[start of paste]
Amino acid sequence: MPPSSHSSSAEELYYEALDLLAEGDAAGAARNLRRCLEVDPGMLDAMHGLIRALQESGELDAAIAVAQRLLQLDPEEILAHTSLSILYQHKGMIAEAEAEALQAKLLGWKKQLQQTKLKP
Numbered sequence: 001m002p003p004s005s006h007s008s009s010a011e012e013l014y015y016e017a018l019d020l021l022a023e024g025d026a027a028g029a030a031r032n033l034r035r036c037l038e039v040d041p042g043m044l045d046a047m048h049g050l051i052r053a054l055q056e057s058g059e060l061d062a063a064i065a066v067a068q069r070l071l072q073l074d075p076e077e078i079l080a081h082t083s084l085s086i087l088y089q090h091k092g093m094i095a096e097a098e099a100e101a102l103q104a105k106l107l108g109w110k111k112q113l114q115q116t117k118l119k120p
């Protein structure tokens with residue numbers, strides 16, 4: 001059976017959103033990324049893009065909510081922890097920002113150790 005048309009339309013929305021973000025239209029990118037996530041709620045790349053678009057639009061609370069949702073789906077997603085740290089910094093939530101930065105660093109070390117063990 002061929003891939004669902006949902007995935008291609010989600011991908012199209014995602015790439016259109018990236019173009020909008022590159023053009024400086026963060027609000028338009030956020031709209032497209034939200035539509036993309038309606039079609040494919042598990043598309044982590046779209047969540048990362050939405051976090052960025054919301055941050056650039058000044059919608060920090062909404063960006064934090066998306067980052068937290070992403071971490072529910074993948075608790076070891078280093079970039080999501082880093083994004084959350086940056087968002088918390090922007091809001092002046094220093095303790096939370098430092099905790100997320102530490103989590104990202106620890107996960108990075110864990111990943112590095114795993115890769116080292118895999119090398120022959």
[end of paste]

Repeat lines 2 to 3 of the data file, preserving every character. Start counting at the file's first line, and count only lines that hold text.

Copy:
Numbered sequence: 001m002p003p004s005s006h007s008s009s010a011e012e013l014y015y016e017a018l019d020l021l022a023e024g025d026a027a028g029a030a031r032n033l034r035r036c037l038e039v040d041p042g043m044l045d046a047m048h049g050l051i052r053a054l055q056e057s058g059e060l061d062a063a064i065a066v067a068q069r070l071l072q073l074d075p076e077e078i079l080a081h082t083s084l085s086i087l088y089q090h091k092g093m094i095a096e097a098e099a100e101a102l103q104a105k106l107l108g109w110k111k112q113l114q115q116t117k118l119k120p
């Protein structure tokens with residue numbers, strides 16, 4: 001059976017959103033990324049893009065909510081922890097920002113150790 005048309009339309013929305021973000025239209029990118037996530041709620045790349053678009057639009061609370069949702073789906077997603085740290089910094093939530101930065105660093109070390117063990 002061929003891939004669902006949902007995935008291609010989600011991908012199209014995602015790439016259109018990236019173009020909008022590159023053009024400086026963060027609000028338009030956020031709209032497209034939200035539509036993309038309606039079609040494919042598990043598309044982590046779209047969540048990362050939405051976090052960025054919301055941050056650039058000044059919608060920090062909404063960006064934090066998306067980052068937290070992403071971490072529910074993948075608790076070891078280093079970039080999501082880093083994004084959350086940056087968002088918390090922007091809001092002046094220093095303790096939370098430092099905790100997320102530490103989590104990202106620890107996960108990075110864990111990943112590095114795993115890769116080292118895999119090398120022959």